Early one morning, the sound of bird song caught my attention and enticed me to leave the house before the crack of dawn. Still in my pyjamas, I slipped in to my wellies and coat and stepped outside. It was still dark outside and rain was falling gently as I wound my way through the deserted streets of north Manchester. The country was technically in lockdown at the time, but I knew that no one would be out at this time as I strolled ecstatically across the usually highly congested high roads without a care in the world.
I allowed myself to wander freely, without any direction in mind, and simply listened to the sounds around me. I was reflecting over the possibility of writing a postcard piece for a close friend of mine, Maria Palapanidou, and was soon lost in thought, without any sense of where I was going or of the steady passage of time.
I’d initially come across the idea of writing a postcard piece when I saw a post on social media, advertising composition submissions to the London Sinfonietta. They were requesting graphic scores, small enough to fit on the back of a postcard and sent by mail for a live stream youtube premier. There was something about this that sounded really appealing, not least because the works that emerged out of this project were incredible, but also because I was simply fascinated by the concept of fitting a musical score into such a small space and giving it a dual function; both as a piece of music, and as a piece of art.
It was as I was contemplating this that I thought about how virtual everything in my life had become – how every form of communication with the real world was floating in the overwhelmingly vast expanse of the internet – and how this was beginning to drive me mad! The idea of writing a postcard piece was so compelling because it seemed to satisfy my desire to form a tangible connection with the people I love and care about.
Reflecting over this, I explored the possibilities of this expressive medium and struggled to envision anything that could possibly express how I felt at the time: lost and lonely in the chaos of my thoughts, I felt trapped in a state of desperate confusion and creative ineptitude.
Just as I was going to give up on the idea, I was suddenly struck by a thought that has, till today, changed the way I think about composition. It occurred to me that I was investing a great deal of effort into finding a musical concept for my piece – one that would affectively express how I felt at the time, whilst I was still unsure about how what it was that I wanted to address. Experimenting with the idea that an artwork doesn’t necessarily have to emerge out of the ‘concept’ at all, I explored the notion of discovering our ‘concept’ through the act of simply creating.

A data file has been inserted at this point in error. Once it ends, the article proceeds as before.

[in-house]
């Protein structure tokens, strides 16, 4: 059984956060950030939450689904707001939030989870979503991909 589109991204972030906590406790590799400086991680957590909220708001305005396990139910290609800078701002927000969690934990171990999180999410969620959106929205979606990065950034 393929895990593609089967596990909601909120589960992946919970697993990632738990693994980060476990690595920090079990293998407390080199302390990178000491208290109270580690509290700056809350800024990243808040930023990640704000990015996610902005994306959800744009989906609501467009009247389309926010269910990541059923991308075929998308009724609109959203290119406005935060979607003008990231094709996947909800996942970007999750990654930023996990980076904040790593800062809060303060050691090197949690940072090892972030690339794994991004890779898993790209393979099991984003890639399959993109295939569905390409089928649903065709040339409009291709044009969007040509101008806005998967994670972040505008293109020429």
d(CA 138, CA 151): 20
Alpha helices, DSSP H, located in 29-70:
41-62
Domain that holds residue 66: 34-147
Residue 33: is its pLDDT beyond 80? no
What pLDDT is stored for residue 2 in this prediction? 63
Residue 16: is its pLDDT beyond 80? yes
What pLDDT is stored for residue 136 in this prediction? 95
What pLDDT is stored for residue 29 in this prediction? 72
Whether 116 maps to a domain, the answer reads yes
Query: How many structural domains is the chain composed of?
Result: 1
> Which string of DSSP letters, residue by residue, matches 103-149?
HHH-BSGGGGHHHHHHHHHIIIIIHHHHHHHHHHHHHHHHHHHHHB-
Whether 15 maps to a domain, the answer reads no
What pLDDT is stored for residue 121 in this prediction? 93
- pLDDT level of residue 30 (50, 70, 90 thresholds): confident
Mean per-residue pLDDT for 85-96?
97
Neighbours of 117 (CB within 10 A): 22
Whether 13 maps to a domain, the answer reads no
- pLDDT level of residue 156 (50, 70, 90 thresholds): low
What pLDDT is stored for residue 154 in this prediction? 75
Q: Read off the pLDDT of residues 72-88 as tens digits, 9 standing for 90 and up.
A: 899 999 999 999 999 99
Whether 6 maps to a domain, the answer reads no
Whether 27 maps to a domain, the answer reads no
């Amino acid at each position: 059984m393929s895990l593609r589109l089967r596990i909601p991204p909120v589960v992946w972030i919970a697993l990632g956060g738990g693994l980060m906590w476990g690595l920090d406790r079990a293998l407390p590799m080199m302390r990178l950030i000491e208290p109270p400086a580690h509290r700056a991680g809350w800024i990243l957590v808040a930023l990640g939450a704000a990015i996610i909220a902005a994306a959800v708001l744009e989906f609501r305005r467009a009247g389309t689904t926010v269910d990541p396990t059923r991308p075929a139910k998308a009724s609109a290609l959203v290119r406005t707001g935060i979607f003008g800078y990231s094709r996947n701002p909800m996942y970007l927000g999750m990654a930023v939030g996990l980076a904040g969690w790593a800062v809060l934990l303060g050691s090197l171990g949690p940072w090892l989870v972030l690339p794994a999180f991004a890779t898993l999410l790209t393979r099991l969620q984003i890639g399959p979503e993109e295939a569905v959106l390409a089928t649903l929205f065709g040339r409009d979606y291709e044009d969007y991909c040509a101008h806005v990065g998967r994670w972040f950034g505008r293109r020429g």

In more concrete terms, I realised that by improvising with my most basic instincts and excluding more conceptual thought processes, I could explore what was going on in my mind and portray this in a piece of music.
This is how I came to write ‘The origami Crane’, a postcard piece for the pianist Maria Palapanidou. Starting out with the sole objective of creating an interesting artwork for her to hang on her wall, I executed a series of instinctive pencil strokes until I had created a shape that portrayed something both dynamic and emotive in its contour. Gradually adding detail to this image, I used the sweeping lines and curves as a musical scaffold and turned it into a score by adding the pitches according to what I felt to be visually compelling.
After this, I took the music to the keyboard. After messing around with different interpretations of what I saw, I refined the musical narrative, and began to play. Suddenly, the image came to life – the huge powerful wings of the bird-like form embodying the swift and sweeping gestures of liberty itself. I could do what I liked with the music; I had no bars, no time signature, no key signature – nothing to determine which notes to avoid and which beats to emphasise. This is how, like a child who had recently discovered a new climbing frame, I found myself in a framework that allowed me to let my imagination run free and explore the slopes and folds of the structure I’d created.
This is when I felt my true thoughts and feelings unleash themselves from the depths of my mind and this is where my composition approach had reached its turning point. During the initial stages of my creative process, I no longer make it my goal objective to determine what I want to say, but to consider simultaneously the issue of how this may be said, in order to reveal the deep and inexplicable phenomena buried in the art of creation itself.
In this months’ composer’s forum, you will hear the original rendition of my composition ‘The Origami Crane’, performed and recorded by Maria Palapanidou during lockdown some years ago. We will be discussing how the process of improvisation can be used as a tool for composition, and will be discussing how this expressive medium manifests itself in the final piece of music.
About the Forum
This free online event is scheduled on the first Sunday of every month. Here we offer composers the opportunity to showcase their work and invite musicians from all backgrounds to join a vibrant community; where one can share ideas, inspire each other, provide feedback and join in discussion over various contemporary topics relevant to the music of our times.
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